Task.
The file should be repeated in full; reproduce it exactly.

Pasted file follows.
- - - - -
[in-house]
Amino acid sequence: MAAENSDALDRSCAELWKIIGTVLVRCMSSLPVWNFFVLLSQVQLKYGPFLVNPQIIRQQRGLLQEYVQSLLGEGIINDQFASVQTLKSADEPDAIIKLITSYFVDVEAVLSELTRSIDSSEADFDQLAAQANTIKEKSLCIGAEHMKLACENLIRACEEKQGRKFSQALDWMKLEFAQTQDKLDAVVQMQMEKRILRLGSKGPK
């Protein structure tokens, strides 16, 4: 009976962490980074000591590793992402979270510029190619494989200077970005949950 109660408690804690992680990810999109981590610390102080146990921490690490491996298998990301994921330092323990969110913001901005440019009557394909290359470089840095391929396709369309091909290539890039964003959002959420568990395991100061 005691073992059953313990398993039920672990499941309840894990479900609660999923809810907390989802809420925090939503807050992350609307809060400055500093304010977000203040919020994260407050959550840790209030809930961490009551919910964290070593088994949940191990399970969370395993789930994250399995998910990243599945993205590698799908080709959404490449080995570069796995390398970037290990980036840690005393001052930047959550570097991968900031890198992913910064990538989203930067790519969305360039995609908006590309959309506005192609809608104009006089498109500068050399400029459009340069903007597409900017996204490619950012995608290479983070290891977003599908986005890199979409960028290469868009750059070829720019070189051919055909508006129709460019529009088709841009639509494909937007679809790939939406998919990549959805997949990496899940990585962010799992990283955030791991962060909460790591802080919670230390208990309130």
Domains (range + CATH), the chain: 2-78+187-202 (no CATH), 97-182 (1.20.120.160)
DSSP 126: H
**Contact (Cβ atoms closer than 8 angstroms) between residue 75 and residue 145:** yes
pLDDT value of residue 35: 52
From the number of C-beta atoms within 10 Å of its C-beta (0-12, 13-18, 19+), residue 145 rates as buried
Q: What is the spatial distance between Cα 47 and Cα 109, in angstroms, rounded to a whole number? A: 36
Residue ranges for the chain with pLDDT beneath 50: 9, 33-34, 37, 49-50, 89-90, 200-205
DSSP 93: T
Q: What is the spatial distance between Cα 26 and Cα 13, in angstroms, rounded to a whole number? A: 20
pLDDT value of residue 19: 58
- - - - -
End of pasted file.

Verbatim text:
[in-house]
Amino acid sequence: MAAENSDALDRSCAELWKIIGTVLVRCMSSLPVWNFFVLLSQVQLKYGPFLVNPQIIRQQRGLLQEYVQSLLGEGIINDQFASVQTLKSADEPDAIIKLITSYFVDVEAVLSELTRSIDSSEADFDQLAAQANTIKEKSLCIGAEHMKLACENLIRACEEKQGRKFSQALDWMKLEFAQTQDKLDAVVQMQMEKRILRLGSKGPK
């Protein structure tokens, strides 16, 4: 009976962490980074000591590793992402979270510029190619494989200077970005949950 109660408690804690992680990810999109981590610390102080146990921490690490491996298998990301994921330092323990969110913001901005440019009557394909290359470089840095391929396709369309091909290539890039964003959002959420568990395991100061 005691073992059953313990398993039920672990499941309840894990479900609660999923809810907390989802809420925090939503807050992350609307809060400055500093304010977000203040919020994260407050959550840790209030809930961490009551919910964290070593088994949940191990399970969370395993789930994250399995998910990243599945993205590698799908080709959404490449080995570069796995390398970037290990980036840690005393001052930047959550570097991968900031890198992913910064990538989203930067790519969305360039995609908006590309959309506005192609809608104009006089498109500068050399400029459009340069903007597409900017996204490619950012995608290479983070290891977003599908986005890199979409960028290469868009750059070829720019070189051919055909508006129709460019529009088709841009639509494909937007679809790939939406998919990549959805997949990496899940990585962010799992990283955030791991962060909460790591802080919670230390208990309130």
Domains (range + CATH), the chain: 2-78+187-202 (no CATH), 97-182 (1.20.120.160)
DSSP 126: H
**Contact (Cβ atoms closer than 8 angstroms) between residue 75 and residue 145:** yes
pLDDT value of residue 35: 52
From the number of C-beta atoms within 10 Å of its C-beta (0-12, 13-18, 19+), residue 145 rates as buried
Q: What is the spatial distance between Cα 47 and Cα 109, in angstroms, rounded to a whole number? A: 36
Residue ranges for the chain with pLDDT beneath 50: 9, 33-34, 37, 49-50, 89-90, 200-205
DSSP 93: T
Q: What is the spatial distance between Cα 26 and Cα 13, in angstroms, rounded to a whole number? A: 20
pLDDT value of residue 19: 58